FROM Dahlia Lithwick
Welcome to Donald Trump's Washington At Trump Tower today, the President-elect stood beside stacks of files that he said represented his billions of assets all over the world. He insisted he's doing much more than the Constitution requires to avoid any conflicts of interest. Trump's first news conference in six months upstaged last night's Obama Farewell Address and today's confirmation hearings on Capitol Hill. He said he's not selling off billions in assets, and claimed that turning management over to his two sons is more than required by the Constitution. We look at today's political drama from Trump Tower to the vetting nominees Rex Tillerson for Secretary of State and Jess Sessions for Attorney General.
Are Feminists Fired Up for Hillary? Hillary Clinton will be the first woman nominated for President by a major political party. And yet, some feminists are feeling ambivalent, or less than enthusiastic, about it. What's changed since 2008, when optimism for a Hillary Clinton presidency was so high?
Supreme Court strikes down Texas Abortion Restrictions The US Supreme Court handed down a win for abortion rights voting 53 to strike down a restrictive Texas abortion law that activists argued would have shut down all but a handful of clinics in the state. It’s the court’s most sweeping ruling on abortion in two decades. And it could deter other states from imposing strict regulations on clinics as a means of forcing them to close. The law HB 2 required clinics to have surgical facilities and doctors with admitting privileges at nearby hospitals. The justices ruled 53 that the law put an “undue burden” on women’s access to abortion. It’s a the Supreme Court’s first major ruling on the issue in two decades.
Supreme Court Punts Birth Control Case to Lower Courts All remaining eight members of the US Supreme Court today refused to decide the latest case against Obamacare and sent it back to the lower courts for reconsideration. It involves contraception. Today's action is evidence that, with the vacancy caused by the death of Justice Antonin Scalia, a divided court is trying to avoid formal deadlocks. Dahlia Lithwick is senior editor and legal correspondent for Slate.com .
Contraception Coverage Before the Supreme Court… Again The Little Sisters of the Poor are one of the plaintiffs in a case that went before the U.S. Supreme Court this morning. The nuns claim that the Affordable Care Act violates religious freedom by requiring employers to provide contraception coverage. Two years ago, the Supreme Court allowed companies with religious objections to opt out of paying for birth control. But in the lawsuit before the Supreme Court today, a group of religious nonprofits claims the process of opting out is too burdensome.
The Supreme Court Considers Texas Abortion Access Case The Supreme Court heard oral arguments today in what’s being called the biggest abortion case in nearly a quarter century. The case, Whole Woman’s Health v. Hellerstedt, concerns requirements recently imposed by state lawmakers on abortion providers in Texas. The law being challenged requires that abortion providers have admitting privileges at nearby hospitals and meet the standards of ambulatory surgical centers. That could force most abortion clinics in Texas to shut down. Would that place an “undue burden” on women seeking abortion services, and therefore, violate their constitutional rights?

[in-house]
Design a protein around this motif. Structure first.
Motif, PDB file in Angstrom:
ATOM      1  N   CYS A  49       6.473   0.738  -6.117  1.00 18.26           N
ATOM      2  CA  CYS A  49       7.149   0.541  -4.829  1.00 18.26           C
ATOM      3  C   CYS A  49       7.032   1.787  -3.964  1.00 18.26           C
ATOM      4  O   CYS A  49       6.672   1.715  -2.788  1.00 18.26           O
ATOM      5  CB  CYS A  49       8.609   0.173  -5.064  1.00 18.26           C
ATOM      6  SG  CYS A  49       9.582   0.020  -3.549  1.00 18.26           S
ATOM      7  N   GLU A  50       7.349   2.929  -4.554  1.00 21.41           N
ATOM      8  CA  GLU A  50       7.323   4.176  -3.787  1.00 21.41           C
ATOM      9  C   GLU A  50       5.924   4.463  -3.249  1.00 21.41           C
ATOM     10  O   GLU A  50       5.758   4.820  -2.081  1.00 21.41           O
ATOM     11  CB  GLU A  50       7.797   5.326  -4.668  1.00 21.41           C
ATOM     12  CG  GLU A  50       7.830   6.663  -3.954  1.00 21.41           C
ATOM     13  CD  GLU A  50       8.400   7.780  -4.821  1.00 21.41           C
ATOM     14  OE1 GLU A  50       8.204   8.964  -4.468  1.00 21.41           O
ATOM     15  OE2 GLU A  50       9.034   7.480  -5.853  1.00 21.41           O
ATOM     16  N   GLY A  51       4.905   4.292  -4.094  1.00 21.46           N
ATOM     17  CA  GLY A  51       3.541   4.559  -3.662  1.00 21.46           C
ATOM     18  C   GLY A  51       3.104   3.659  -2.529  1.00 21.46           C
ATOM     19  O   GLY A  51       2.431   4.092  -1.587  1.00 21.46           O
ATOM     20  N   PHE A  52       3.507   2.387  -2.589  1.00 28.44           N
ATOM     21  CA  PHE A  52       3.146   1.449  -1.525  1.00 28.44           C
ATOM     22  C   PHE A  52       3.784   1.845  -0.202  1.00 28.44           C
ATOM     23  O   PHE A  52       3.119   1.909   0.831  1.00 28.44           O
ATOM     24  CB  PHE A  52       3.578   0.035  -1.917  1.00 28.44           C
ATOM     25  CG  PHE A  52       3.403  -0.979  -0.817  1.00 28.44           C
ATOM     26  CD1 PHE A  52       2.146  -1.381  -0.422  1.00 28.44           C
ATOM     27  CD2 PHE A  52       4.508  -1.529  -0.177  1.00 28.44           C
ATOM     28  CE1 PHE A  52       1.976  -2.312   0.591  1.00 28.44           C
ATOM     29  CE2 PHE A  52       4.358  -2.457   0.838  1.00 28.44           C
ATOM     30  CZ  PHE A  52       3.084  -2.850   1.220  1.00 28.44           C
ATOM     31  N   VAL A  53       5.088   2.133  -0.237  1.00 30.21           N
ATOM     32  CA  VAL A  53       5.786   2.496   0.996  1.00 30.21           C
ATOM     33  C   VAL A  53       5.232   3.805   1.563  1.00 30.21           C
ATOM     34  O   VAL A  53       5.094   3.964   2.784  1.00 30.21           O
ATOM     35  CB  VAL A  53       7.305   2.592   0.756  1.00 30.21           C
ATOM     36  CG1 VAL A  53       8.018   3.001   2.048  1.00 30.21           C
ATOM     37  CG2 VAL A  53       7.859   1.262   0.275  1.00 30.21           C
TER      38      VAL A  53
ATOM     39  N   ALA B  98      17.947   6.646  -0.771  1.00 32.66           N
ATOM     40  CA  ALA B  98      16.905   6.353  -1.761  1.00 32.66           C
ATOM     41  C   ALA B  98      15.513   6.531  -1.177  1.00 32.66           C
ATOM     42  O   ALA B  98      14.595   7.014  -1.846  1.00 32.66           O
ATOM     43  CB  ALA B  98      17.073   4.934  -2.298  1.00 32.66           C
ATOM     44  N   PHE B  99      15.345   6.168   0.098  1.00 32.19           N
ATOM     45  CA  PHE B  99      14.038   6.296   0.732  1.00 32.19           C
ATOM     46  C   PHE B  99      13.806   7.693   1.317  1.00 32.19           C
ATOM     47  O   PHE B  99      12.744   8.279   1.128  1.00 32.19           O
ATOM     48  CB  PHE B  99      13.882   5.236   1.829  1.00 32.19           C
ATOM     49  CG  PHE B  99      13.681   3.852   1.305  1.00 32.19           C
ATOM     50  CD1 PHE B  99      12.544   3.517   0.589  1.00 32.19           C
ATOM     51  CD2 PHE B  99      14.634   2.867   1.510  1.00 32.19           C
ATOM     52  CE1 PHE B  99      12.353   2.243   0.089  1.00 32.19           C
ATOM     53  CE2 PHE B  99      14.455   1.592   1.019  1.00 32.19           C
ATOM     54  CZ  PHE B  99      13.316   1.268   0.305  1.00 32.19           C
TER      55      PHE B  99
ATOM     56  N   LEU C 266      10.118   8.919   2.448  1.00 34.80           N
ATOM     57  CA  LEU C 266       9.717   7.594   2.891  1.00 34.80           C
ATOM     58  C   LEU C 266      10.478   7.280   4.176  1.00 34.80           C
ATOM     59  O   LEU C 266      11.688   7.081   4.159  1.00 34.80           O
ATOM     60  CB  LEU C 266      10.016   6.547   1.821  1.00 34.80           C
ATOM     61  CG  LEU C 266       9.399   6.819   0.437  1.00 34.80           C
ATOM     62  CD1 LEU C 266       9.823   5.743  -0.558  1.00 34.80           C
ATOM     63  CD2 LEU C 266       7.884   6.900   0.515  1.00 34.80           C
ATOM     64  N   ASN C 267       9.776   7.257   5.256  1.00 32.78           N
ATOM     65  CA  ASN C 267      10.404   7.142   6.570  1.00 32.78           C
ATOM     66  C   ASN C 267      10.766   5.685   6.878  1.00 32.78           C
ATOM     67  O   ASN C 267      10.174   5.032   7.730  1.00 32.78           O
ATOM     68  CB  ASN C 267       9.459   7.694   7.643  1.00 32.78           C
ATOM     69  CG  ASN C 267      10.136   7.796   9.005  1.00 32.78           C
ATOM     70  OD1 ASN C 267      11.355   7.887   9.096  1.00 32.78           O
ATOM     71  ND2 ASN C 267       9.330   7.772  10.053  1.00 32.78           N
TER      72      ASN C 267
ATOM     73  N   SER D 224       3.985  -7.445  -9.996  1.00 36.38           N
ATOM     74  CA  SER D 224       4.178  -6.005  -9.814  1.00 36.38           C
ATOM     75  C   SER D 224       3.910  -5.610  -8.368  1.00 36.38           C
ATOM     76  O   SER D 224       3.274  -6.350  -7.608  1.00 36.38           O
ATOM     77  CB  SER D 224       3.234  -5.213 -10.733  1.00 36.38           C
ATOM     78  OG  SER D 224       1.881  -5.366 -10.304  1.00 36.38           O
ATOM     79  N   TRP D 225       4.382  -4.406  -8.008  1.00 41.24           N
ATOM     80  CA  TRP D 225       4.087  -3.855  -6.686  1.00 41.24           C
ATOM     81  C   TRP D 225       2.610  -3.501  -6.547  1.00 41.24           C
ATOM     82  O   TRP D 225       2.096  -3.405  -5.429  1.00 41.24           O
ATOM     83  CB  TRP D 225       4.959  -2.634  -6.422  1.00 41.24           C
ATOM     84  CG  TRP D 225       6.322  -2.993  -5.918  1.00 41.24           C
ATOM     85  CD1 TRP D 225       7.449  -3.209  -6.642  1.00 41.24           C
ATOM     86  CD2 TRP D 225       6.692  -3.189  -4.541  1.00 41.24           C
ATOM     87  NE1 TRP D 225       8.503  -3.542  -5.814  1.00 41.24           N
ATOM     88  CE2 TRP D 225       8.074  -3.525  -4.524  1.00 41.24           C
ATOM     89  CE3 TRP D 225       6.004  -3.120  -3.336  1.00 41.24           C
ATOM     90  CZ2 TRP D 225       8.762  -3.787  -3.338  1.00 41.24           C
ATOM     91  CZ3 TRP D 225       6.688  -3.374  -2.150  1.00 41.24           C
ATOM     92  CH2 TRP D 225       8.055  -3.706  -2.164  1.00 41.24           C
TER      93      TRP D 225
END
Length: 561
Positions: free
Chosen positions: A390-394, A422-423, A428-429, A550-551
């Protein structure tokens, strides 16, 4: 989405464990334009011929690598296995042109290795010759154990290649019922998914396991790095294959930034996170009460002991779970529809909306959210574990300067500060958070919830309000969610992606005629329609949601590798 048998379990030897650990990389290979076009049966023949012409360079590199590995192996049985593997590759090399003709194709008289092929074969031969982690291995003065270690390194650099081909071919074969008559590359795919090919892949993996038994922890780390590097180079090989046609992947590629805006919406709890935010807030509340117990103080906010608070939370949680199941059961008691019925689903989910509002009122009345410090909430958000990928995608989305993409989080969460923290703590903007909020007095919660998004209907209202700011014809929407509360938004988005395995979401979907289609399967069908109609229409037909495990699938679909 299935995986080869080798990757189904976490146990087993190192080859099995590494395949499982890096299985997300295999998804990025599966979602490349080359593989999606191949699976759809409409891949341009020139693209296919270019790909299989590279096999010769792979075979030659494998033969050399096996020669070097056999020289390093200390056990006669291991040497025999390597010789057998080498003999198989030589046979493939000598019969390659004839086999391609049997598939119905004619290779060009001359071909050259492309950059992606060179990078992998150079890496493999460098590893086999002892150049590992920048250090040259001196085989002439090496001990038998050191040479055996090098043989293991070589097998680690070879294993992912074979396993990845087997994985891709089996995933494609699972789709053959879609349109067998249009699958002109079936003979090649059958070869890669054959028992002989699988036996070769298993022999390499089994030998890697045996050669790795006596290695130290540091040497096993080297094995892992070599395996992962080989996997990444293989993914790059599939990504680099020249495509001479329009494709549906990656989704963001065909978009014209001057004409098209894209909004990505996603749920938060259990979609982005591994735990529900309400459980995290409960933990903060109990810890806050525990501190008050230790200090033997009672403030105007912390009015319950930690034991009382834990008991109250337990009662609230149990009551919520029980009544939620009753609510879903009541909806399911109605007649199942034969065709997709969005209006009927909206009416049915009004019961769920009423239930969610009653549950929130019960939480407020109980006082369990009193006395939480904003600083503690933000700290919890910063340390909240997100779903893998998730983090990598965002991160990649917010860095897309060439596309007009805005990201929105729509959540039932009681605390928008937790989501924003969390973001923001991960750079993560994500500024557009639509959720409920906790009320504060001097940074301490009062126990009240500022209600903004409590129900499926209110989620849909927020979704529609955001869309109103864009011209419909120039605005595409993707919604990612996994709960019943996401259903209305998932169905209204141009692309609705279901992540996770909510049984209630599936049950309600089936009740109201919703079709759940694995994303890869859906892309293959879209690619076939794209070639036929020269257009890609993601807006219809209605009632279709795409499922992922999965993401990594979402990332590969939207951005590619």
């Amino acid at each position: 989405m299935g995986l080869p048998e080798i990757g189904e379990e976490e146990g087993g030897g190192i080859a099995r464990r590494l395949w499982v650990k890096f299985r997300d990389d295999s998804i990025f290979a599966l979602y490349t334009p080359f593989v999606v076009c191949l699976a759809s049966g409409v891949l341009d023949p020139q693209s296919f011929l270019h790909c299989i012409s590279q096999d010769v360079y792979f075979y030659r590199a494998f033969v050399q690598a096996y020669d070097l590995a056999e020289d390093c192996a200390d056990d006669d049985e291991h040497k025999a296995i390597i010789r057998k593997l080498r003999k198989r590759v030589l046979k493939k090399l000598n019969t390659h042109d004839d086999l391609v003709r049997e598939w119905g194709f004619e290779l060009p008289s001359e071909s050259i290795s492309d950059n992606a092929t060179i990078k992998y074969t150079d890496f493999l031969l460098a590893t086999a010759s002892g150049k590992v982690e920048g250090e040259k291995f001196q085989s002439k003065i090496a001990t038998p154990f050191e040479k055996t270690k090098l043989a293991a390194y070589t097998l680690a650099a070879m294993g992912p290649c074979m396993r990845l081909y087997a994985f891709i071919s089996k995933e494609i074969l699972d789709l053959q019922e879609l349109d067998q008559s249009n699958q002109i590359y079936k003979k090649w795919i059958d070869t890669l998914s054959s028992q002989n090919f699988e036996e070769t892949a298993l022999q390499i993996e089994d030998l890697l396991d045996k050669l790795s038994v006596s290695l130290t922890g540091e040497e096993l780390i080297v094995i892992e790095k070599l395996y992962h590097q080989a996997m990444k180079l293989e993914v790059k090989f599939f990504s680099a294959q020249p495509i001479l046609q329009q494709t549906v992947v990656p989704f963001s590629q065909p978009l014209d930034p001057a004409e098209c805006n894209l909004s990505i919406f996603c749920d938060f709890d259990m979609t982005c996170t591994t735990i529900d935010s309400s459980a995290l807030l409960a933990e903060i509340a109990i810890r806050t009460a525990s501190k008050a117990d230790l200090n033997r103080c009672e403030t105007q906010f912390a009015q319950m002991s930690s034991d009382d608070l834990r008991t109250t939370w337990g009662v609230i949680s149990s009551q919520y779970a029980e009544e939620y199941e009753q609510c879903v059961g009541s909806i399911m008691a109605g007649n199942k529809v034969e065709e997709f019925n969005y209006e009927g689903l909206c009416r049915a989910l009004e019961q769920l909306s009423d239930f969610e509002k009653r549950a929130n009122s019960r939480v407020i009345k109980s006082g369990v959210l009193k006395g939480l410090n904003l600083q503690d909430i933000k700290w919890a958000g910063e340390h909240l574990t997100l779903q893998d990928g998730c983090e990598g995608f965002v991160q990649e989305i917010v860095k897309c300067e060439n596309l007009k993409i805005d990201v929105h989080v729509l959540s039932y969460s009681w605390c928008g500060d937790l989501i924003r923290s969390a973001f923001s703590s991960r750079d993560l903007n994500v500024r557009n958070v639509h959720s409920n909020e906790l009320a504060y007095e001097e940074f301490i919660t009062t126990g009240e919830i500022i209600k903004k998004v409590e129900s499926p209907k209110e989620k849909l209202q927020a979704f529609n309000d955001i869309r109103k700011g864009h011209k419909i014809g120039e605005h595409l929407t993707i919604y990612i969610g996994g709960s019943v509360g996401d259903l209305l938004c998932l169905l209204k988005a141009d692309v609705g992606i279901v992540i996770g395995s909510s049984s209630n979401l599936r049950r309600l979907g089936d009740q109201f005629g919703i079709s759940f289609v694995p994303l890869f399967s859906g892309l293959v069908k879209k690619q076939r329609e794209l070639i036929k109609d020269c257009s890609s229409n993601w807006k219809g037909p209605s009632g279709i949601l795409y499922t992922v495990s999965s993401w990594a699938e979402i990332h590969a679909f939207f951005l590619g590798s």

Antonin Scalia: His Legacy in Law and Politics The late Justice Antonin Scalia relished the use of vivid language in fiery debates about the Constitution, politics and social issues. Almost immediately after his sudden death was announced on Saturday, Republicans and Democrats got right to it. The unexpected vacancy leaves the Court divided evenly between the Left and the Right. Should it be filled by President Obama or by his successor? With nine months left in the bitter race for the White House, abortion, voting rights, affirmative action and immigration are issues that could be left hanging.
The Supreme Court after Scalia Supreme Court Justice Antonin Scalia died this weekend at the age of 79 after serving on the court for nearly 30 years. He was a strict constructionist - he believed that the Constitution was not a living document to be interpreted as the court saw fit. His dissents often fell along constructionist line, and often injected biting humor into the proceedings. Scalia's death leaves a cloud of uncertainty over the major cases before the Supreme Court now, and an incipient political firestorm in the waning days of President Obama's final term.
CBO: Under GOP plan, millions will lose coverage Republicans are divided and Democrats are saying, "we told you so," when it comes to official estimates of what it will cost to repeal and replace Obamacare. The Trump White House says the Congressional Budget Office is just wrong.
The President and America's infrastructure: Bait and switch? President Trump's $1 trillion infrastructure proposal may not be what it seems. We look at the prospects for much-needed improvements in roads, bridges and airports.
Trump's travel ban and the long-term agenda The Trump Administration's revised travel ban may be good news for some visa holders and others, but it's still being challenged as unconstitutional. Some reporters call it the beginning of a long-term effort to change the demographic make-up of the United States.
America's top diplomat faces challenges in Asia Whatever happened to America's "pivot to Asia?" That's just one of the questions left hanging since Rex Tillerson's first trip there as Secretary of State. Is the Trump Administration hoping to change Foreign Policy or maintain the status quo?